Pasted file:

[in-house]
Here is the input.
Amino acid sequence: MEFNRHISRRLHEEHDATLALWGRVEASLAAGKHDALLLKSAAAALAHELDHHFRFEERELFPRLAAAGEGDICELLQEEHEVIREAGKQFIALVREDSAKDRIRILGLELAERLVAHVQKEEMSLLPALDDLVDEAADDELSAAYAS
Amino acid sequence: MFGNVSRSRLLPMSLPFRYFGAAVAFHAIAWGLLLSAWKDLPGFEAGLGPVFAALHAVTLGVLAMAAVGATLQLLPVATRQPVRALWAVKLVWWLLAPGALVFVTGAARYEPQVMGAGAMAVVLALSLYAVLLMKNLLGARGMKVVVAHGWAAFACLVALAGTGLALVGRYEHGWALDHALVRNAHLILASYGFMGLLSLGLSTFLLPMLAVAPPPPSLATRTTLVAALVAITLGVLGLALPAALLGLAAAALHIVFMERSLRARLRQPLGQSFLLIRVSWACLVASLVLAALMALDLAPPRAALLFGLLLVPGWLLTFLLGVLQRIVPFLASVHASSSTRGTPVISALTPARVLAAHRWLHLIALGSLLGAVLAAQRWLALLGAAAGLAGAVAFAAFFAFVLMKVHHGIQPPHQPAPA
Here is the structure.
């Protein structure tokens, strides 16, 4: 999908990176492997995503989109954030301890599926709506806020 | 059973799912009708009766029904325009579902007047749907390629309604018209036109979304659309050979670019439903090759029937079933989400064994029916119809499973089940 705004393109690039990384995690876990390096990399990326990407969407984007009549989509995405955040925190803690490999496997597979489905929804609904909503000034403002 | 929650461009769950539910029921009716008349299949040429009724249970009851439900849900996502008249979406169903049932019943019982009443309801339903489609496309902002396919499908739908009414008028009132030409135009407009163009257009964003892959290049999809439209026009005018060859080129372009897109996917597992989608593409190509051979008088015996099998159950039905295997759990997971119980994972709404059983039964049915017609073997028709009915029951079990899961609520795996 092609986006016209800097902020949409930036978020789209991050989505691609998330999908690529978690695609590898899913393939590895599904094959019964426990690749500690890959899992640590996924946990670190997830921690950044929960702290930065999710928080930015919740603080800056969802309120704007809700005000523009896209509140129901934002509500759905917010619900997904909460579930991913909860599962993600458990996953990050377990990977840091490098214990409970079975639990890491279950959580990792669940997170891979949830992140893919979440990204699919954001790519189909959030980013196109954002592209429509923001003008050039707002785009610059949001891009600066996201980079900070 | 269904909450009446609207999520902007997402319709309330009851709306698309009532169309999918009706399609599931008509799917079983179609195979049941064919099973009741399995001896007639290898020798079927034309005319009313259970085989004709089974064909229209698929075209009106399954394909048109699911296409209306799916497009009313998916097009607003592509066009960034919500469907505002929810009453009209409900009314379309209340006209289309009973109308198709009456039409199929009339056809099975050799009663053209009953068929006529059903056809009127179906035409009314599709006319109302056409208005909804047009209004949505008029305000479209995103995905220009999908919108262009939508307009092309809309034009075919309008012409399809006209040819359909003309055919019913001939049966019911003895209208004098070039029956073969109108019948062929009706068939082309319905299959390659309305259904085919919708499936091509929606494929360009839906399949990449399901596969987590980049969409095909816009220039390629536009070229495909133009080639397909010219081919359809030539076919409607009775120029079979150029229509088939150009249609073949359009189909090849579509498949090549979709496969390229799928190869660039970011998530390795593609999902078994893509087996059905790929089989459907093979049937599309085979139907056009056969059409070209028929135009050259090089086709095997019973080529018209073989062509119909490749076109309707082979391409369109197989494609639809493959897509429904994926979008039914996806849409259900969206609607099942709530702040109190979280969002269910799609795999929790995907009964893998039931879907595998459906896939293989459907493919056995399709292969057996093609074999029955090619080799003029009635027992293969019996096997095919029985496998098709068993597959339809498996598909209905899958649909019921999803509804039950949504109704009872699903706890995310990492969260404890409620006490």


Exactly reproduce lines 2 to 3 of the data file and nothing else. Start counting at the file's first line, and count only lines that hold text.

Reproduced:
Here is the input.
Amino acid sequence: MEFNRHISRRLHEEHDATLALWGRVEASLAAGKHDALLLKSAAAALAHELDHHFRFEERELFPRLAAAGEGDICELLQEEHEVIREAGKQFIALVREDSAKDRIRILGLELAERLVAHVQKEEMSLLPALDDLVDEAADDELSAAYAS